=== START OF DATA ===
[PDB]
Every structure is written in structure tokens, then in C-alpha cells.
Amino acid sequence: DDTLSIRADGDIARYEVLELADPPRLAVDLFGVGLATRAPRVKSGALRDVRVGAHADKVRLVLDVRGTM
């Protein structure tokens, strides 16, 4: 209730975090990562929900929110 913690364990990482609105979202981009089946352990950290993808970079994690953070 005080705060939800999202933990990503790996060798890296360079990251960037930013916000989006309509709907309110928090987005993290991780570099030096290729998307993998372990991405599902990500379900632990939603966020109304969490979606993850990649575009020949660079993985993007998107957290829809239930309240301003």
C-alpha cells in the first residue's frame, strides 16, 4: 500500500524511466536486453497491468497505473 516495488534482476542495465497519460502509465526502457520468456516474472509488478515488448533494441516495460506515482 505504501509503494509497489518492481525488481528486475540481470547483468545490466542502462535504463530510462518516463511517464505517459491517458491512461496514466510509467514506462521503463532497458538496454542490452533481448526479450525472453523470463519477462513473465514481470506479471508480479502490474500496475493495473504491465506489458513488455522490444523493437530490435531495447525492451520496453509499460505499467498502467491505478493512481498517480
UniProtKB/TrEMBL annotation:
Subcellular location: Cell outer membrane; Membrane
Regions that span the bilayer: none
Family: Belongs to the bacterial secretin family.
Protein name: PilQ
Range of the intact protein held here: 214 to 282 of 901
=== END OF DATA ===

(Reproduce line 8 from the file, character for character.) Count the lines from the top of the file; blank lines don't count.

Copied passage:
Regions that span the bilayer: none